Recently Jared Polis signed two bills pertaining to education finance, one that increases total funding and one that shuffles funds around to try to better equalize outcomes. If you think the fundamental problem with the public schools is that they are underfunded, you probably are very excited about these bills.

I, on the other hand, think the fundamental problem is the way funds are spent. The incentive structure is not to maximize outcomes for children but to maximize outcomes for teachers’ unions and for bureaucrats who work in education without actually doing much educating. Spending more money on the same educational fads, bureaucracies, and political projects is not going to create better-educated or more successful children.

A critic of “Miss Virginia” articulates another common argument: Vouchers “taking the best students out of inner city schools arguably made it still harder for those schools to attract adequate funding and motivate their pupils.” The argument about funding is strange; usually public schools beg for more funding precisely on grounds that their performance is so bad. The bit about motivation points to the real issue at stake: Some people demand that parents sacrifice the well-being of their own children for the alleged benefit of other students. Demanding that of parents is evil.

The proper solution to failing public schools is not to make all students suffer equally in them, it is to give every student a pathway to better alternatives.

The failed bill for scholarship accounts

In February, Republican State Senator Barbara Kirkmeyer introduced a bill to provide “empowerment scholarship accounts” specifically for students “with an intellectual disability, hearing impairment, speech or language impairment, visual impairment, emotional disturbance, orthopedic impairment, autism, a traumatic brain injury,” or the like. A few other types of students also are included. The bill would have funded not only “nonpublic” schools but “home-based educational” programs. See also Sean Duffy’s review.

Obviously, given Colorado’s Democrat-dominated legislature, any bill with a whiff of school choice is doomed. Kirkmeyer’s bill did not make it out of committee.

Interestingly, making common cause with the teachers’ unions on this score, Christian Home Educators of Colorado came out against the bill. Why? CHEC’s Carolyn Martin explains: “Over the last several years there have been efforts to expand government-funded homeschool programs, by either creating new programs or gobbling up private programs. These programs have brought much unwanted attention to the homeschool law. . . . [Kirkmeyer’s bill] is an attempt to set up government-funded ESAs [not to be confused with “educational savings accounts”] for private school and homeschool students who leave the public school system. . . . This wave of funding homeschoolers with government money has hit our shores and we must resist it if we want to be free!”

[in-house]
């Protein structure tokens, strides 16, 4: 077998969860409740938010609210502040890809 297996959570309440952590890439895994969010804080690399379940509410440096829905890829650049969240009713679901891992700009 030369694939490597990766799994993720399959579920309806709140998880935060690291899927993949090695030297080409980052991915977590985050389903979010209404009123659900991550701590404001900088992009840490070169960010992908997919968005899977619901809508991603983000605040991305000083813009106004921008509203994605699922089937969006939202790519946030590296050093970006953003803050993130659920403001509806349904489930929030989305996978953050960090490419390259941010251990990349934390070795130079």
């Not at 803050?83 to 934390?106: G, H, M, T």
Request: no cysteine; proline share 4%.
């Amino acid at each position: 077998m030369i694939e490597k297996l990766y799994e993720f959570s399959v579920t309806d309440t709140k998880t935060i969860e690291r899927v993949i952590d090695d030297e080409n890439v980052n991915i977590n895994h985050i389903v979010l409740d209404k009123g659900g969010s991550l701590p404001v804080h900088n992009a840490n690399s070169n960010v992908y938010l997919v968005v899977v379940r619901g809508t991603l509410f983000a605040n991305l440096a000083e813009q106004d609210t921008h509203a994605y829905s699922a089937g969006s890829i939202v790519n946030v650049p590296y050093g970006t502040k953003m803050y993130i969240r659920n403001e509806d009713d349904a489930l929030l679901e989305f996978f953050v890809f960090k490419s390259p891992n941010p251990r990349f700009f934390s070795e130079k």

This criticism seems inflated. The bill affects only a small fraction of students. The bill does not fund homeschooling programs uniquely but only includes homeschooling as an option, along with “nonpublic” schools. The students in question often have an especially hard time adapting to the regular public schools. I see a lot of upside and very little downside to the proposal.

All that said, it would be much safer for government simply to fund families on the basis of need, rather than fund them specifically for education. If poor families need a boost (and if we accept government welfare as a solution), then just give the poor families money. Then if those families choose to spend some or all of that money on education, great. If they choose to spend it on better food or housing instead, also great. Similarly, if families with special-needs children need a boost, government should consider giving them money, no strings attached, rather than funds tied specifically to education. Rather than increase budgets for public schools, I’d rather direct those funds to families who need it most. Such an approach probably would do more good and avoid many of the political debates over how the money is spent.

Parents need not wait for government

As a parent, you don’t need to wait for politicians and bureaucrats to improve education for your child. Even within the standard public-school environment in Colorado, you have a lot of choices about where your child goes to school, including charter and online options.

True, private schools and homeschooling remain financially challenging for many families. Still, I think some families overestimate the costs and underestimate the rewards. What is going to mean more to your child: Living in a super-nice house or enjoying amazing opportunities for learning and personal growth? Often the financial trade-offs are worth it. A lot of things people spend a lot of money on aren’t worth the cost, in my view. Of course, there’s a big difference between a family struggling to put food on the table, or struggling to have a table, and a family deciding whether to upgrade to a fancier house or car.

My family has been fortunate in that we have the means to live a comfortable life as we homeschool. All children deserve what my child has, an opportunity to enjoy their lives, learn about the world around them, develop their abilities, and grow into thriving adults.

Regardless of what politicians do, parents of necessity take the lead in raising their children. Still, politicians who make education-related policies have a moral responsibility to ensure that their decisions serve, not political special interests, but the best interests of children.

Ari Armstrong writes regularly for Complete Colorado and is the author of books about Ayn Rand, Harry Potter, and classical liberalism. He can be reached at ari at ariarmstrong dot com.